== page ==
Some drives didn't used to ship set to cs. You might want to check.
    Most recent hardware will be set correctly. Just plug it in.
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  8. #8
    Just Another Geek
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    The BIOS has nothing to do with cable-select.. Twice as many wires? Sounds like a UDMA66/100/133 cable as opposed to a 'regular' UDMA33 cable.. This in and of itself doesn't say anything about cable-select. I have several 80 wire IDE cables that are NOT cable-select. I also have several 40 wire IDE cables that ARE cable-select.

    It has to do with the wiring of pin 28. If pin 28 is grounded it's master, if it isn't grounded it's slave. Cable-select cables work in every system. Only the drives themselves need to have a CS setting.
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  9. #9
    AO Curmudgeon rcgreen's Avatar
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    Yeah, maybe the BIOS doesn't matter. I've seen conflicting info
    on the net. The main thing is that, in fairly recent computers,
    it should work without problems. I bought a new 250 gig
    drive recently, and it came configured to CS.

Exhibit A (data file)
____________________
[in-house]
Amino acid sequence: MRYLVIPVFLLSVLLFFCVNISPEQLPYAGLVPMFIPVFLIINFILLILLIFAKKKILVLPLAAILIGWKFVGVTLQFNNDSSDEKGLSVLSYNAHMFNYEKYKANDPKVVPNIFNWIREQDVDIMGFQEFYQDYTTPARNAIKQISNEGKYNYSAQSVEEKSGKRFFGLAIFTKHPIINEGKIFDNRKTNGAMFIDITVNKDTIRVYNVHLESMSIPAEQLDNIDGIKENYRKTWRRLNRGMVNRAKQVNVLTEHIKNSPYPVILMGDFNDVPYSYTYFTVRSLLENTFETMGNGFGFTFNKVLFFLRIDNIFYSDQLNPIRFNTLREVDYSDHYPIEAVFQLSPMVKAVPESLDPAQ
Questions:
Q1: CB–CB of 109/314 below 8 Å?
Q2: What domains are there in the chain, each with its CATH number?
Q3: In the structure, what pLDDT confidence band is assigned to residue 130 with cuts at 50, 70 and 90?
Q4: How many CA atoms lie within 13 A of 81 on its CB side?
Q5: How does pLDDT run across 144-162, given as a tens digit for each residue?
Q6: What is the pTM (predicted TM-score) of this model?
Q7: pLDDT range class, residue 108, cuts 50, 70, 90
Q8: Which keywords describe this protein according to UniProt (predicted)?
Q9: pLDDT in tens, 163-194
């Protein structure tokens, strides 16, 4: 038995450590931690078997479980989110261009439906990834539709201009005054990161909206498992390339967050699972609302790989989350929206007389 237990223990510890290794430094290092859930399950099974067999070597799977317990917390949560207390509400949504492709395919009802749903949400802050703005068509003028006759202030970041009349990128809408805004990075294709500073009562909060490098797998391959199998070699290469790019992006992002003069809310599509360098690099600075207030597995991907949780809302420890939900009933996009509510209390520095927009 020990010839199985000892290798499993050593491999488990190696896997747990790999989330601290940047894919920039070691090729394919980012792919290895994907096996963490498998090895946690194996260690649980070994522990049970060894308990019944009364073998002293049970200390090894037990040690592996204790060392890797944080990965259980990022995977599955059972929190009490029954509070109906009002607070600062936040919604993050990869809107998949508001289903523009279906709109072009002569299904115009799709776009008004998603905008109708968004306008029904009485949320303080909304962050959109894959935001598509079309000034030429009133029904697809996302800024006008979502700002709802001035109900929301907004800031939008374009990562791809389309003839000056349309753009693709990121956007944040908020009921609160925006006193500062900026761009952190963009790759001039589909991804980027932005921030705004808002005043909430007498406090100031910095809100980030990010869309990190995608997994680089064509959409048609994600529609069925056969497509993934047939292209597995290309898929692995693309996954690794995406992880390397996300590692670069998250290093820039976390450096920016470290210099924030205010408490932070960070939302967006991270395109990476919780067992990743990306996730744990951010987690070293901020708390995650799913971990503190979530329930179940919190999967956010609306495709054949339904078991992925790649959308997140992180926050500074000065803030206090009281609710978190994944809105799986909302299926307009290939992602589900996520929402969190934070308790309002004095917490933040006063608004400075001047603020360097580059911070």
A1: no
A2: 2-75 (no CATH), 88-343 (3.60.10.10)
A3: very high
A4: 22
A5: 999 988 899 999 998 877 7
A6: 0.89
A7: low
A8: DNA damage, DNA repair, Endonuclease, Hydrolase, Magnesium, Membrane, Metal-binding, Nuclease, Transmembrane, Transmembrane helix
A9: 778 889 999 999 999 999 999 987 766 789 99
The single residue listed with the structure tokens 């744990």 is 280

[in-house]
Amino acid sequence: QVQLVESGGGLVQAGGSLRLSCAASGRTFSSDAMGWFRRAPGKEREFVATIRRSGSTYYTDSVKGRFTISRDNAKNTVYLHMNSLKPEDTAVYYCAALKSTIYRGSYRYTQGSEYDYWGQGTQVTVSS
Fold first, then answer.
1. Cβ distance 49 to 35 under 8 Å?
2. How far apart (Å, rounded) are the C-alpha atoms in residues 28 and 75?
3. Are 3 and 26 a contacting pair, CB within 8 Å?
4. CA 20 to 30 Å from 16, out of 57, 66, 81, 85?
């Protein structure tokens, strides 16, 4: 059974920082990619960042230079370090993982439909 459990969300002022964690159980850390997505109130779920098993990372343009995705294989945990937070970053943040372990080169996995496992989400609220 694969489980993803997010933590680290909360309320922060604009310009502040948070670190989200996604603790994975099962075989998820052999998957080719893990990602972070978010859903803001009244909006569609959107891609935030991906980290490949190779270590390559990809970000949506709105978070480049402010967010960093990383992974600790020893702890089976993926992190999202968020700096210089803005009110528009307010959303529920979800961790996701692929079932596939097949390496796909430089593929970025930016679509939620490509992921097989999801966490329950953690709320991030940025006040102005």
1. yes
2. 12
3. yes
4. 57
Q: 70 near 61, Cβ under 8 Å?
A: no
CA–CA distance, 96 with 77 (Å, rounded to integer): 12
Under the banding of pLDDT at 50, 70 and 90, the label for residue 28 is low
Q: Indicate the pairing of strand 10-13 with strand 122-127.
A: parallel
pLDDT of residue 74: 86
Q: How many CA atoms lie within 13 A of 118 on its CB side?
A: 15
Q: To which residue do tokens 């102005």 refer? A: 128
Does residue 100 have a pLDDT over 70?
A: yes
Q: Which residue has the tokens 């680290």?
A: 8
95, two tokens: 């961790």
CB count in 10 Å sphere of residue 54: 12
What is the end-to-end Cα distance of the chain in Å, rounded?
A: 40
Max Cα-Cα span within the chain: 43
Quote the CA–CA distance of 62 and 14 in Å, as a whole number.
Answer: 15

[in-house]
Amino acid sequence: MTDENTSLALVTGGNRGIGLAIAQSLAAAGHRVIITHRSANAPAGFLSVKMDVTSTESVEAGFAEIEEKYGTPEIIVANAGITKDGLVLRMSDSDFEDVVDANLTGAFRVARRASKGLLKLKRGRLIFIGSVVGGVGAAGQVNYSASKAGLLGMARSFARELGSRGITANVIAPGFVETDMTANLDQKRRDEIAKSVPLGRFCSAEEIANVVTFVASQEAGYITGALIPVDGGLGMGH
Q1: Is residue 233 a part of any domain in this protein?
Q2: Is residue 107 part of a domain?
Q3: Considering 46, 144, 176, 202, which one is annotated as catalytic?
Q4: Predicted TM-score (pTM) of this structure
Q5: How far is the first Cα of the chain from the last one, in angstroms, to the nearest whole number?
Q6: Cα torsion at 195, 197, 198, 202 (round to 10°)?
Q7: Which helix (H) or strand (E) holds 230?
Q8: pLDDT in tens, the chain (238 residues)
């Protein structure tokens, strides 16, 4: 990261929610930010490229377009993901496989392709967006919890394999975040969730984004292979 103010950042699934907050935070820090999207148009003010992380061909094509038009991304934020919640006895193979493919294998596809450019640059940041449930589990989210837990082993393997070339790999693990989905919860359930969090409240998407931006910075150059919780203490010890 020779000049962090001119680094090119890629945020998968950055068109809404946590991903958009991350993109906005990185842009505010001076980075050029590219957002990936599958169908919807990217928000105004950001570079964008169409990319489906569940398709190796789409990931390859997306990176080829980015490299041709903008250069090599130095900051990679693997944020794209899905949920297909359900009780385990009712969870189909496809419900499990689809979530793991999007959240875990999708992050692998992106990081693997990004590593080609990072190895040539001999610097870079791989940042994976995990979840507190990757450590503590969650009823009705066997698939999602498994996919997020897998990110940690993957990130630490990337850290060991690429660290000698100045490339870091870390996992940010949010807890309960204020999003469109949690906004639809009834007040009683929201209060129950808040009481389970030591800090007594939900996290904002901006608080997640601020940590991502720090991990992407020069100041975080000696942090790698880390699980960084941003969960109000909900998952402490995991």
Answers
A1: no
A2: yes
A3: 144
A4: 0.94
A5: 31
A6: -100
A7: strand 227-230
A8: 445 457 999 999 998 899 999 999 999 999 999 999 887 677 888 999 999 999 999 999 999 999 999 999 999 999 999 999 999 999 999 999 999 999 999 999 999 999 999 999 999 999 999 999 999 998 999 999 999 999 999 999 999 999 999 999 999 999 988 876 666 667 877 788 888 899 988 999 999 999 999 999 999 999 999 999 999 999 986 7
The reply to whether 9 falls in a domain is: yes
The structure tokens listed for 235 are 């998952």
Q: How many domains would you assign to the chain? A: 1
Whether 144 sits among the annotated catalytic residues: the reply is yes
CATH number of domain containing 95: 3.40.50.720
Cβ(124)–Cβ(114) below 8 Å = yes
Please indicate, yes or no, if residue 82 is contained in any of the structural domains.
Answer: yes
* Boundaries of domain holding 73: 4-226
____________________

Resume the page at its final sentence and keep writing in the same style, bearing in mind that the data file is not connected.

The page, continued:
People have complained in the past that drives weren't set
    to CS from the factory, and therefore you had to reset them,
    which seemed to defeat the purpose of CS, which was
    intended to make drives less complicated to set up.

    And BTW, I also discovered that there was a Y
    shaped cable on the market at one time, but not
    popular any more.
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  10. #10
    Senior Member Raion's Avatar
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    I'm still confused lol here's what I understand so far:

    If I connect a IDE cable to the motherboard that has 2 connectors (not including the one that goes on the mobo) in the place of the IDE cable with only 1 connector and connect the opposite end (the one not connected to the mobo) to a hard drive for example, that one would act as master, and if i connect the middle one to another hard drive, that would act as slave, correct?